We’ll start with an easy one. First, you wanna access the video on the geographical database. That’s right. Now, zero in on the corner of Elm and 21st street. You got it? Perfect.

See that storefront on the southwest corner of the street? No, not the one where that guy is snatching that lady’s purse. You want the storefront next to where that guy is hotwiring the Lexus. That’s right. The ticket outlet. Now, press the key that brings up the interior view.

Zoom in on the counter and let’s see what that woman is doing. Hmmm… Looks as if she’s buying two tickets for the Eagles. Better increase the magnification until… Stop! Lessee… Section 125, row K, seats 11 and 12. Good. Store it to the database and let’s move on. Oh, but don’t forget to cross reference the woman’s facial features with the national profile database, as well as with the file that contains all the video tapes and DVDs she’s rented in the last 10 years. Got it? Good.

Next, we’ll check out the online action. Bring up the router schematics for Omaha. Looks as if we have some action in that home on the 2200 block of Frasier Street. Take us inside and let’s see whassup.

Oh, would you look at that? That guy seems to be having some trouble picking his tickets. Looks as if he can’t decide between Big Bad Voodoo Daddy and Motley Crue. We’ll fix that. Here, let me show you something that the boys in the lab cooked up. Press that key.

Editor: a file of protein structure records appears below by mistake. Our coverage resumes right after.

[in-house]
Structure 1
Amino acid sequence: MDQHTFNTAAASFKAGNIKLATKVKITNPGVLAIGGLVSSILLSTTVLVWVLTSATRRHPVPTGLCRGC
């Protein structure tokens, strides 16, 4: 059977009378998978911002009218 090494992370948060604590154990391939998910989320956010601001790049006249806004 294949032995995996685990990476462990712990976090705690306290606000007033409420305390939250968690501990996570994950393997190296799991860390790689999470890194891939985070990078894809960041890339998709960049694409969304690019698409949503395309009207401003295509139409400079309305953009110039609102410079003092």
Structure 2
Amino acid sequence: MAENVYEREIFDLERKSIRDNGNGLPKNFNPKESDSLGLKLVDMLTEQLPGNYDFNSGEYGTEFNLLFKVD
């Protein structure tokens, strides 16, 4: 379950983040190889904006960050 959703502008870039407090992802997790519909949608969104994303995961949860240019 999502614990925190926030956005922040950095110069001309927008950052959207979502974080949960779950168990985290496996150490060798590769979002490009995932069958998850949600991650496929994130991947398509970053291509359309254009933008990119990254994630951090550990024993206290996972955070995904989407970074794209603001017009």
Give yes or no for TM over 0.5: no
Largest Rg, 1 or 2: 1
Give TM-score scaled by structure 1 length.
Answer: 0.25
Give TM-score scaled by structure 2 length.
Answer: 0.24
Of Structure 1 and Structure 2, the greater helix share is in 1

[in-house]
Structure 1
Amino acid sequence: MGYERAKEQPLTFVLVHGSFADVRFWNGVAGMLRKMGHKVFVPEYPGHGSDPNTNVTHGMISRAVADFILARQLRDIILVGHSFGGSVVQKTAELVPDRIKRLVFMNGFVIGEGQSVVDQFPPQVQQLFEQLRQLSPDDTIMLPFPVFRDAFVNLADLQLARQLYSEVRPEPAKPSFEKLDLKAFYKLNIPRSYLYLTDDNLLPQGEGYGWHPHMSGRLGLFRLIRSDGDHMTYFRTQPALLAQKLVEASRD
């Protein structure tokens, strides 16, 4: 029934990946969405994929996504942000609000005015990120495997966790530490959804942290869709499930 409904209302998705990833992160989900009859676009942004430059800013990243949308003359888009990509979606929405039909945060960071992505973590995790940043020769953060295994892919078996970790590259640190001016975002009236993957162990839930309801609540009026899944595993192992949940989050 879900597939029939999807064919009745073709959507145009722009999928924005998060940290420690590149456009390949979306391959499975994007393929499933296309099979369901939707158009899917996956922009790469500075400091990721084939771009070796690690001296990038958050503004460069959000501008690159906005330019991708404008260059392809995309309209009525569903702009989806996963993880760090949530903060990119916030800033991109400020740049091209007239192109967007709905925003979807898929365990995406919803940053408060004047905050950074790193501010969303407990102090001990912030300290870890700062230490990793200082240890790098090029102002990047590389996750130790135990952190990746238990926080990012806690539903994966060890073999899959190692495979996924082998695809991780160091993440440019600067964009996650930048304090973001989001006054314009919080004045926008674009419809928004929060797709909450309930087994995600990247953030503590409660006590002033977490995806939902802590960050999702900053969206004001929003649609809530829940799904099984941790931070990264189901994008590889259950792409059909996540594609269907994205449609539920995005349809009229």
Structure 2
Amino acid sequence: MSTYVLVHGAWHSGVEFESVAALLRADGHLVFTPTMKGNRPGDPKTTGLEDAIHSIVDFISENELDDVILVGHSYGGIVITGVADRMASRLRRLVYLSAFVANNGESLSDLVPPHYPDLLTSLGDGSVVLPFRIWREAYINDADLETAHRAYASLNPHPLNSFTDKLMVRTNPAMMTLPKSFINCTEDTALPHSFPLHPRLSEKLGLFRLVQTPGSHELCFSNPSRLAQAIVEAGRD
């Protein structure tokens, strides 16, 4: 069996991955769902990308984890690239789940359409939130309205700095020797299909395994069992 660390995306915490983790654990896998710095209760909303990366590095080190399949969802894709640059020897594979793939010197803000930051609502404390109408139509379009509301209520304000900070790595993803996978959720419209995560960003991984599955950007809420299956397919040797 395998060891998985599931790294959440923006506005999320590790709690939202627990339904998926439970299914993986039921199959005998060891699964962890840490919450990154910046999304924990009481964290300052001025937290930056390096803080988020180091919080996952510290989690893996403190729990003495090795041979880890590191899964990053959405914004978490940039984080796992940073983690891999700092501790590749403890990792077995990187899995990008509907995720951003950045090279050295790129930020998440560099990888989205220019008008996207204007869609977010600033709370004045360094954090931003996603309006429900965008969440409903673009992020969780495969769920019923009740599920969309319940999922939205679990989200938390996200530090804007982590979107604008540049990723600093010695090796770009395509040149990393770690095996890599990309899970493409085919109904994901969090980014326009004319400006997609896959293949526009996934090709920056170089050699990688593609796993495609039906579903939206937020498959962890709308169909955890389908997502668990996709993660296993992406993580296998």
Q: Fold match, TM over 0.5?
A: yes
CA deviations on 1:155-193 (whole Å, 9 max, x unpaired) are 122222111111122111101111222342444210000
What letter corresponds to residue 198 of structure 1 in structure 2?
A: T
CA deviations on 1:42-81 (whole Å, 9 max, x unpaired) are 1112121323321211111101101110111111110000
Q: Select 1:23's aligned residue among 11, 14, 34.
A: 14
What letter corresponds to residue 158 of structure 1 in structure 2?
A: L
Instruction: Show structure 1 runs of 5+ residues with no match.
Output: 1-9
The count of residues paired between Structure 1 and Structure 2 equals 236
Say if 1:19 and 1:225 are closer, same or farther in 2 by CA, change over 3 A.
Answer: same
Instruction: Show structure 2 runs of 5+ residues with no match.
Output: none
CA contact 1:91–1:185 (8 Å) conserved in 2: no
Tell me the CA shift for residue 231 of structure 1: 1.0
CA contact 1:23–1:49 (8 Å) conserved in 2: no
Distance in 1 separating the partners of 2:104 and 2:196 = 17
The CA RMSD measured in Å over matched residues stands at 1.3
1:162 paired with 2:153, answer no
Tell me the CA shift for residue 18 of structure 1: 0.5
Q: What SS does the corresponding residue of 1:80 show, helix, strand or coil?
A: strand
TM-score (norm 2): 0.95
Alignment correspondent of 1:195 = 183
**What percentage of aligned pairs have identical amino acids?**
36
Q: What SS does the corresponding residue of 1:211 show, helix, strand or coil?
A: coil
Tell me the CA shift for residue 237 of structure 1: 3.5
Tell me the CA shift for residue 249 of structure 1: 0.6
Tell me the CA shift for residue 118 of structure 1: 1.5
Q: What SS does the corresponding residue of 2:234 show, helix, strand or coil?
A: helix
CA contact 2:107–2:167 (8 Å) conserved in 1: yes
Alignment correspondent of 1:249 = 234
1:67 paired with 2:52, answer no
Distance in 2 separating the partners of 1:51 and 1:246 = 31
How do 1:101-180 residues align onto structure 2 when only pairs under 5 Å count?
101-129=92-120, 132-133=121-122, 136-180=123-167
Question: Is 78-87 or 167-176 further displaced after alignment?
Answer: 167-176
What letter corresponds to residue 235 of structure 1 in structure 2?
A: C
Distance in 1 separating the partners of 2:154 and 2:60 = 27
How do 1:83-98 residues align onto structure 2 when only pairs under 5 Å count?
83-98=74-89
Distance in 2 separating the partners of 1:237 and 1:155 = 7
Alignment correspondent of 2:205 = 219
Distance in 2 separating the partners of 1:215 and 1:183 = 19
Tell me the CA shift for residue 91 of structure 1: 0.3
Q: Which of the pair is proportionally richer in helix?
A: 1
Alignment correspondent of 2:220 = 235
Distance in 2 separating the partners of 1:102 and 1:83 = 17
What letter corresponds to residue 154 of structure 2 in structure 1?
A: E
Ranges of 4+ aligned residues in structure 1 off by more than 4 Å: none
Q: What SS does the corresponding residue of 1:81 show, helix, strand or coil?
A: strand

That’s right. The system is sending a subliminal message to the man’s computer screen. It’s telling him to stop wasting time and buy some tickets. What’s that? Which tickets should he buy? I don’t care. You pick the show. Yanni? Sounds good to me.

Now, let’s switch to over-view mode. This will bring up a diagram showing ticketing action in all 50 states. Amazing, isn’t it? Look over there. A male, about five-eleven and weighing 182 pounds is buying tickets for Bjorn Again, while in Wichita a woman with some usual tattoos on her left buttocks is purchasing tickets for Fairport Convention and Rascal Flatts. Oh, and look over in Miami. See those guys buying tickets for Sarah McLachlan? I know those guys. I worked with them back in the ’60s on that Bay of Pigs fiasco.

Remarkable, isn’t it? By pressing a few keys we can observe people buying concert tickets anywhere, anytime, anyplace. Then, after we store the imprint and match it against the Federal DNA Storage Center, not only can we determine the subject’s musical taste, but the likes and dislikes of his or her descendents as well. Like that woman in Denver buying tickets for Social Distortion and Gov’t Mule. According to the computer, she’s 29 years old and has two male children under five who have a 75 percent statistical probability of growing up to become Hilary Duff fans. Isn’t science wonderful?

What’s that? You wanna know why the government is spending so much time and effort observing the ticket buying habits of the American public? You’re asking why we have all this computer equipment for targeting, analyzing, investigating and scrutinizing every ticket purchase from sea to shining sea? No, it’s got nothing to do with the war on terrorism. Nothing like that. So, why do we do it?

Because we can.